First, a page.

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January 8, 2011 / ozifrog

highbrow 101

According to Wikipedia, that most reliable source of information on the internet, highbrow was originally simply a physical term. That strange mob, the phrenologists, used to measure and feel up people’s heads,  their actual heads, and make conclusions about the person, their intelligence, personality and character. The higher brow on the head was associated with someone more culturally elite.

So what is considered highbrow? From outside or within a given area, you get a different answer, that’s my proposition. From outside, classical music his highbrow. From within, mahler may be highbrow, but strauss lowbrow, handel’s messiah, with its popularity, musical in jokes and cheeky layering low to middlebrow (more on this category later) but his Zadok the Priest or Tamerlano are so well respected they could only be highbrow. For some people, the highbrow is celebrating that which is harder to like, less obvious, more difficult to get a handel (!) on.

But let’s stick with the basics now: highbrow music: classical, opera, chamber, choral, jazz. Lowbrow music: rock, house, punk, thrash, funk, hip hop, rap etc etc etc. Highbrow writing: broadsheets, literature, plays, creative non fiction. Lowbrow writing: mills & boon (man do I have a lot to say on this one), blockbuster novels, some travel writing, daily non broadsheet papers, your cosmo, dolly, new idea women’s day type mags. Ah the list could go on…and it will. Food, clothing, travel, cars….

I was thinking how many blogs (despite being very new to the arena) seek to categorise the world, and wondered if this was a good thing. Lists, categories, tags. Put things in boxes. I was wondering is this this a problem. I think it is a natural human instinct. Categorisation makes sense of things, categories give us less things to remember, a systemised ordered way of making sense of the world. Numbers. Colours. Animals. Plants. We categorise things from our earliest adventures in speech. It is humans making a place in the world. Sorting. It, the  process of categorisation, isn’t bad in and of itself. It is living WITHIN those boxes that is a problem. Categorisation is a good place to start a discussion…or an argument.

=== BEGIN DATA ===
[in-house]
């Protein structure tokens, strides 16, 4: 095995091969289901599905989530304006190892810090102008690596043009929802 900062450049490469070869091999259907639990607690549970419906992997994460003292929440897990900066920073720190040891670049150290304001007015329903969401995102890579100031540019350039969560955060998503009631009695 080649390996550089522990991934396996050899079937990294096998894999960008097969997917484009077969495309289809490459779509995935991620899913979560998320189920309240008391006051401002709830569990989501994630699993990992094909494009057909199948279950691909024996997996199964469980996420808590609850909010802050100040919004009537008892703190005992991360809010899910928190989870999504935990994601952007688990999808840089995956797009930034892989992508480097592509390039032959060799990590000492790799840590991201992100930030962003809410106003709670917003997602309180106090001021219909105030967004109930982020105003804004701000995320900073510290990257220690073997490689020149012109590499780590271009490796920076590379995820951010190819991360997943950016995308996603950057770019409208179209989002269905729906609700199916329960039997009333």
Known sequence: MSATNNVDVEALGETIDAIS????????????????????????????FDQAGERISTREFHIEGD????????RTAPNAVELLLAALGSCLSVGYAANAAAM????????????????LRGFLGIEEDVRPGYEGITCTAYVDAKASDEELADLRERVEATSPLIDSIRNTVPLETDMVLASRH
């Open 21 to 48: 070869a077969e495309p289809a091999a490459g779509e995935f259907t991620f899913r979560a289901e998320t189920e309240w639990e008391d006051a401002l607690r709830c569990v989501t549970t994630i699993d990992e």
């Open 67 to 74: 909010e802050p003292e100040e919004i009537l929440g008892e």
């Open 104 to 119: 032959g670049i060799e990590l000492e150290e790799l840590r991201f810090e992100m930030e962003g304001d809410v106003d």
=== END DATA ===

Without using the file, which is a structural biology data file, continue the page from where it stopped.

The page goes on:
Today I was driving to work, sort of late (try 11am but I have a fairly flexible workplace), listening to the bookshow on Radio National in Australia. I hate the host – she’s the worst interviewer ever and asks questions and makes long winded statements over the top of the authors – but it has excellent content. Anyway, Anna Funder was reading from her quite acclaimed book, Stasiland. Stasiland was at one point in my to read pile. High brow? I don’t know. Possibly closer to high than low. The book is non fiction, stories from people she interviewed post Berlin wall about their experiences in the former East Germany. I enjoyed it, enjoyed her reading of it, and now intend to go out and get the book. I had echoes of the movie the lives of others, which I adored and intend to make many other people watch I found it so beautiful. Her tale today was about deciding to find people to interview, deciding to do the book, after wandering around the city. It was compelling, their tales, brief bounces of her surface sometimes, chance wonderings.

I was also thinking, to me, Berlin is highbrow. Berlin is a city, that when I travelled to it, it didn’t let me in. I didn’t GET Berlin. I have spoken to other people who felt exactly the same as me about the place. Then others rave, saying it is the best place they have ever spent time in, a place with a unique soul, embracing change and progress. Part of getting a city, for me, was finding the reality to match the city it was in my head. Seeing the Paris in my head with its Eiffel tower, the arch of the bridges over the river, the sidewalks overflowing with cafes. Seeing the London in my head. Seeing the Prague in my head. Yet I got to Berlin and there was no Berlin in my head. I had nothing. No image. I had nothing to hold on to the city with. And despite quite a few nights, plenty of doing and seeing, I never did get that handle on Berlin. Perhaps that untouchability of it why I see it as highbrow. Perhaps Anna Funder will help me pick up Berlin and turn it around in my hands. I wonder whether the dichotomy that Germany lived in is what makes the place, after the wall, unknowable. It can’t be categorised, because it just doesn’t fit in the boxes in my head.


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